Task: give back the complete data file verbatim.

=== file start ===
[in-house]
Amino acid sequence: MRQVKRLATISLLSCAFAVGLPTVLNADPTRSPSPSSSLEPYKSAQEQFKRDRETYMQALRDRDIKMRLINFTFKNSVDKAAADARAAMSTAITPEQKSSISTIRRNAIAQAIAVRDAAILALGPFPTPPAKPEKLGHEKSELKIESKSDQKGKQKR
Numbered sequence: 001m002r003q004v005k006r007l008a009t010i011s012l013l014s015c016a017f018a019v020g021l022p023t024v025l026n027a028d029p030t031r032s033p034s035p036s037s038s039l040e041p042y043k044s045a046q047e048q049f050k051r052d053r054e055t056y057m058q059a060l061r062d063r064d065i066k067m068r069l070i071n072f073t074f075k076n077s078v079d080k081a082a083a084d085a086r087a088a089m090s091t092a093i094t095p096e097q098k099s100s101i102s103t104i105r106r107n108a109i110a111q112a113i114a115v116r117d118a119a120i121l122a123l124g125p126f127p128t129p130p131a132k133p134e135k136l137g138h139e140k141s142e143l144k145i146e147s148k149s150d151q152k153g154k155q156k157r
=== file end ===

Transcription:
[in-house]
Amino acid sequence: MRQVKRLATISLLSCAFAVGLPTVLNADPTRSPSPSSSLEPYKSAQEQFKRDRETYMQALRDRDIKMRLINFTFKNSVDKAAADARAAMSTAITPEQKSSISTIRRNAIAQAIAVRDAAILALGPFPTPPAKPEKLGHEKSELKIESKSDQKGKQKR
Numbered sequence: 001m002r003q004v005k006r007l008a009t010i011s012l013l014s015c016a017f018a019v020g021l022p023t024v025l026n027a028d029p030t031r032s033p034s035p036s037s038s039l040e041p042y043k044s045a046q047e048q049f050k051r052d053r054e055t056y057m058q059a060l061r062d063r064d065i066k067m068r069l070i071n072f073t074f075k076n077s078v079d080k081a082a083a084d085a086r087a088a089m090s091t092a093i094t095p096e097q098k099s100s101i102s103t104i105r106r107n108a109i110a111q112a113i114a115v116r117d118a119a120i121l122a123l124g125p126f127p128t129p130p131a132k133p134e135k136l137g138h139e140k141s142e143l144k145i146e147s148k149s150d151q152k153g154k155q156k157r